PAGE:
Teen Girls And Their Moms Get Candid About Phones And Social Media

Yassiry Gonzalez goes to bed early. But often she wakes up around 1 or 2 in the morning. And from then on, sometimes all the way through dawn, the New York City high school student is on her phone — on FaceTime with close friends, or looking through Instagram.

“Sometimes, I’m so tired that I’ll just fall asleep in school.” She estimates the all-nighters happen once or twice a week. And on the weekends? “There’s no sleep. No sleep.”

Looking back, 2018 may be the year that a critical mass of people started wondering: Am I spending too much time on my phone?

Read more… (NPR)

Teen Vaping Skyrockets While Youth Binge Drinking, Smoking, and Opioid Abuse Continue to Fall

An annual survey that tracks drug use by American teenagers found that smoking, binge drinking, and abuse of prescription drugs is way down. But teen vaping is up—and not just a little bit. Vaping is way up.

The study, conducted by the University of Michigan, asked roughly 45,000 American teens about their use of substances over the past 30 days, and drug use is down in almost every category. But the number of teens who vape nicotine and marijuana has skyrocketed over the past year, showing some of the largest jumps of any category since the survey began in the 1970s.

Read more… (Gizmodo)

Boys need better access to mental health care. Why aren’t they getting it?

Throughout high school, Alexander Sanchez was severely depressed. He thought about suicide, and he didn’t know how to explain what was wrong or ask for help. Instead, Sanchez said that whenever he wasn’t in school, he would lie in bed all day, “not eating, not being happy, being almost not there.”

It wasn’t until Sanchez, who grew up in College Station, Texas, got to college that a friend convinced him to see a psychologist, who diagnosed him with depression. In hindsight, Sanchez said he did not reach out for help sooner because he believed that men should be self-reliant— an idea he believes he picked up from Tom Cruise and other macho characters on TV and in movies.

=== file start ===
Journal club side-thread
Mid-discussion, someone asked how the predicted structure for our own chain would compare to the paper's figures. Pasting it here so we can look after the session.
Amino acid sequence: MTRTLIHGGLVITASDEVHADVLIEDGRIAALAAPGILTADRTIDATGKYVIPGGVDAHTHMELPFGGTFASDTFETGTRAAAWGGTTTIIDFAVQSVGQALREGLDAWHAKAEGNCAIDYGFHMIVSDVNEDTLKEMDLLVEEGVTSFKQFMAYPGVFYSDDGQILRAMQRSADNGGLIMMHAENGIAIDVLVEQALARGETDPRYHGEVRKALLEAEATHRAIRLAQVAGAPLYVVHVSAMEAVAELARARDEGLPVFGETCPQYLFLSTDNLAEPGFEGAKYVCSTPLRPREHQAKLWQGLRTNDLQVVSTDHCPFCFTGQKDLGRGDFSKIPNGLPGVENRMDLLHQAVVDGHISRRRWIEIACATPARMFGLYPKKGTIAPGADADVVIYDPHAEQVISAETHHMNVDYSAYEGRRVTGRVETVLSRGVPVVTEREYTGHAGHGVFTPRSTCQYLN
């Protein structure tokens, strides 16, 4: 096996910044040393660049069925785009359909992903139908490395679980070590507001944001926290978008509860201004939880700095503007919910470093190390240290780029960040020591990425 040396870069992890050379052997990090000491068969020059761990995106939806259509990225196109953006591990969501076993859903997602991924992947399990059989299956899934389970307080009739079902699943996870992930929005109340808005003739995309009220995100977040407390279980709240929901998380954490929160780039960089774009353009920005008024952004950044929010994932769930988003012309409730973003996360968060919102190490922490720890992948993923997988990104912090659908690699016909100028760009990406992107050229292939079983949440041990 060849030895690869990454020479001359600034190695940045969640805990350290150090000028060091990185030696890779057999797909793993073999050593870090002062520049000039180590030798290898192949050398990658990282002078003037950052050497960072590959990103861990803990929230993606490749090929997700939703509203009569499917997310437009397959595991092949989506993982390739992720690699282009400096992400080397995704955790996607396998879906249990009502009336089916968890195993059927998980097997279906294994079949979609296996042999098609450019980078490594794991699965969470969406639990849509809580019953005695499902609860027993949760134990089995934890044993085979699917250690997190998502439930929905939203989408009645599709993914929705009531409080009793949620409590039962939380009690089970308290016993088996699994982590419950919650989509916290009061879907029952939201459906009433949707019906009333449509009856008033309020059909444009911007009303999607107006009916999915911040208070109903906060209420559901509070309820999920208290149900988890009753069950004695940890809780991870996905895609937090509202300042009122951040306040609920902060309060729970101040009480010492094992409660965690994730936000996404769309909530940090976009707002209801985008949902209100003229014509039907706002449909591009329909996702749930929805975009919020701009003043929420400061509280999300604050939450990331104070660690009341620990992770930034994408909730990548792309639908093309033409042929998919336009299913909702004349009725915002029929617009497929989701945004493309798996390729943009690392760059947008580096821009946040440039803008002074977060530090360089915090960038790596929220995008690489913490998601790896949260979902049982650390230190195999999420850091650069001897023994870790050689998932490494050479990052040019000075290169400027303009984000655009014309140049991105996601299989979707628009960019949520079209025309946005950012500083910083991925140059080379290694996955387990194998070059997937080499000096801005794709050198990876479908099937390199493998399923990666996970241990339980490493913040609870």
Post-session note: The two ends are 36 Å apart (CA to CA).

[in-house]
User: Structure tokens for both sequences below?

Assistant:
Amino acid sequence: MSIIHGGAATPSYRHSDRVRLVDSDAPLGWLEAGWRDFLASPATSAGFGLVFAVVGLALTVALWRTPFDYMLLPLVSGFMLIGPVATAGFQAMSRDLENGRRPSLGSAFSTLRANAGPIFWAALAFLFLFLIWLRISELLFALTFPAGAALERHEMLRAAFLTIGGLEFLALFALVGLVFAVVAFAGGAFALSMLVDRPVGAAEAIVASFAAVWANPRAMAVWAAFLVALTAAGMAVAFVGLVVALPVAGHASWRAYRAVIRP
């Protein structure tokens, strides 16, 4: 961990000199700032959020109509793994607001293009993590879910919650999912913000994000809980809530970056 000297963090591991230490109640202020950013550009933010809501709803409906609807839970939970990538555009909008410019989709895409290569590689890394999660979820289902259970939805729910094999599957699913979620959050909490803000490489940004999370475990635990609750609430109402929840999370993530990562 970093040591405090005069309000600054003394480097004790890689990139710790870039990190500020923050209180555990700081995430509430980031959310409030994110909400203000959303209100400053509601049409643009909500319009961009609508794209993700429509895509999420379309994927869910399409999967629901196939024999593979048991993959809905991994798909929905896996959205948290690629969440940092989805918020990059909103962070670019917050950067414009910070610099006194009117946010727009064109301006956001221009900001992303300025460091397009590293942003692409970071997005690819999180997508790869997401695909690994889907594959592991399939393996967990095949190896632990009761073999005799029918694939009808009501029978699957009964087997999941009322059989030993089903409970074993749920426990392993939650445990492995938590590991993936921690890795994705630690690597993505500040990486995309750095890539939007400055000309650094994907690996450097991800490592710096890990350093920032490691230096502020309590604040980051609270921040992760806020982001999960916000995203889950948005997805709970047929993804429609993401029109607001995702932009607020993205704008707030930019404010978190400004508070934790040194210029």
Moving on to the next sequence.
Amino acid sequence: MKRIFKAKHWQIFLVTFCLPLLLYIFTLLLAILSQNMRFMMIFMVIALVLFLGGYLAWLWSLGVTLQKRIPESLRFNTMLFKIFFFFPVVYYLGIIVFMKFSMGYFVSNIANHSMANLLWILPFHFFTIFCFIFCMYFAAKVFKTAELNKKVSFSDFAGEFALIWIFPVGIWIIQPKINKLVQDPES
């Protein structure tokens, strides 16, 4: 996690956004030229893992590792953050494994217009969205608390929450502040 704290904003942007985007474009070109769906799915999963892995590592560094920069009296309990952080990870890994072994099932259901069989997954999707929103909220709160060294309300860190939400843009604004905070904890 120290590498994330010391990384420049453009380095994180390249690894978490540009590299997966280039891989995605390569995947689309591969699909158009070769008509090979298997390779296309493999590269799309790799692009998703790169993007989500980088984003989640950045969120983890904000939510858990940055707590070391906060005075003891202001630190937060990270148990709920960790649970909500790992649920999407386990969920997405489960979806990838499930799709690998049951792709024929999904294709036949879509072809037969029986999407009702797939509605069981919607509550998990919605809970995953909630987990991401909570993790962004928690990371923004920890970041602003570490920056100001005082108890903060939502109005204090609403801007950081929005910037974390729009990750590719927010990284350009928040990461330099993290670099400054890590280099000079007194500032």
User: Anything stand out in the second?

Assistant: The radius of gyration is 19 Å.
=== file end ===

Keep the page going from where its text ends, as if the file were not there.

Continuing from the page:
Read more… (NBC News)

Related: Boys Talk

Let kids know it’s OK to get help for mental health

When teens hear about suicide, it’s scary. It’s also scary for their parents. With good reason: Suicide is the second leading cause of death among young people aged 10 to 24, after motor vehicle accidents.

It is important to let kids know that friends never let friends keep secrets about suicidal thoughts. They can, and must, tell an adult.

At the same time, parents and schools should emphasize that no child should ever feel responsible for the safety or well-being of another child, student or friend.

Read more… (Cleveland Clinic)

Related: Teen Talk

Does Social Media Cause Depression?

New Study Suggests It Might Make Symptoms Worse

A potential link between poor mental wellbeing and social media has long been posited, but let’s start with a vital caveat before getting into the latest study. Depression is a mental illness, one with a range of potential triggers, and it’s vital not to simplify or minimise it by simply branding it the result of too much Facebook. Does social media cause depression? That’s probably far too blunt a conclusion. But a new study suggests that reducing social media use might help those who already have the illness feel significantly less depressed — and cutting down can have a similarly major impact on loneliness.

Read more… (Bustle)